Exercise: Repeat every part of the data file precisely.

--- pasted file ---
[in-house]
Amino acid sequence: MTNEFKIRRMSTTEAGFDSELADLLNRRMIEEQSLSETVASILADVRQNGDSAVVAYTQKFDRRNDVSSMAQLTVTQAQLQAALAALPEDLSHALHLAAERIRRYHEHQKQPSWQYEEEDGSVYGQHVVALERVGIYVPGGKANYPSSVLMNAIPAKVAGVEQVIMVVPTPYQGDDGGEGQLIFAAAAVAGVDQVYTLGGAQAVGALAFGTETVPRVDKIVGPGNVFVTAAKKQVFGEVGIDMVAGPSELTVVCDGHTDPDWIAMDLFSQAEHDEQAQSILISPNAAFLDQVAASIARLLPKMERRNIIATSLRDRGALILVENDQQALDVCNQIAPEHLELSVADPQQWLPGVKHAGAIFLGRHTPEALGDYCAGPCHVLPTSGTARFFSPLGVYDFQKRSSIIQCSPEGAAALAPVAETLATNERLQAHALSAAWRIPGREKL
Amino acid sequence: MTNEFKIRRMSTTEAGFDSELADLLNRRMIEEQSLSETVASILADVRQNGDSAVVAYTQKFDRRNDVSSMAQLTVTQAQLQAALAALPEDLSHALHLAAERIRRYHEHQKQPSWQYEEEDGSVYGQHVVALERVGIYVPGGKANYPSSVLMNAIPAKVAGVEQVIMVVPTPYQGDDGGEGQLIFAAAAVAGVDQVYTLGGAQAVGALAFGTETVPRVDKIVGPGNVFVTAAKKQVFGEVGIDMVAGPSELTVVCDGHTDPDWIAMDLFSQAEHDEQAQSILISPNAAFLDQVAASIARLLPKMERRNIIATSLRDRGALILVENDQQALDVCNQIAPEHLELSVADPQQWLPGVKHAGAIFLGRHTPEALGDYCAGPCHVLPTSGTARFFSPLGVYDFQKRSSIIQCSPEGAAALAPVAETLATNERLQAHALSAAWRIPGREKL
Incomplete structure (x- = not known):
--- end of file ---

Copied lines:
[in-house]
Amino acid sequence: MTNEFKIRRMSTTEAGFDSELADLLNRRMIEEQSLSETVASILADVRQNGDSAVVAYTQKFDRRNDVSSMAQLTVTQAQLQAALAALPEDLSHALHLAAERIRRYHEHQKQPSWQYEEEDGSVYGQHVVALERVGIYVPGGKANYPSSVLMNAIPAKVAGVEQVIMVVPTPYQGDDGGEGQLIFAAAAVAGVDQVYTLGGAQAVGALAFGTETVPRVDKIVGPGNVFVTAAKKQVFGEVGIDMVAGPSELTVVCDGHTDPDWIAMDLFSQAEHDEQAQSILISPNAAFLDQVAASIARLLPKMERRNIIATSLRDRGALILVENDQQALDVCNQIAPEHLELSVADPQQWLPGVKHAGAIFLGRHTPEALGDYCAGPCHVLPTSGTARFFSPLGVYDFQKRSSIIQCSPEGAAALAPVAETLATNERLQAHALSAAWRIPGREKL
Amino acid sequence: MTNEFKIRRMSTTEAGFDSELADLLNRRMIEEQSLSETVASILADVRQNGDSAVVAYTQKFDRRNDVSSMAQLTVTQAQLQAALAALPEDLSHALHLAAERIRRYHEHQKQPSWQYEEEDGSVYGQHVVALERVGIYVPGGKANYPSSVLMNAIPAKVAGVEQVIMVVPTPYQGDDGGEGQLIFAAAAVAGVDQVYTLGGAQAVGALAFGTETVPRVDKIVGPGNVFVTAAKKQVFGEVGIDMVAGPSELTVVCDGHTDPDWIAMDLFSQAEHDEQAQSILISPNAAFLDQVAASIARLLPKMERRNIIATSLRDRGALILVENDQQALDVCNQIAPEHLELSVADPQQWLPGVKHAGAIFLGRHTPEALGDYCAGPCHVLPTSGTARFFSPLGVYDFQKRSSIIQCSPEGAAALAPVAETLATNERLQAHALSAAWRIPGREKL
Incomplete structure (x- = not known):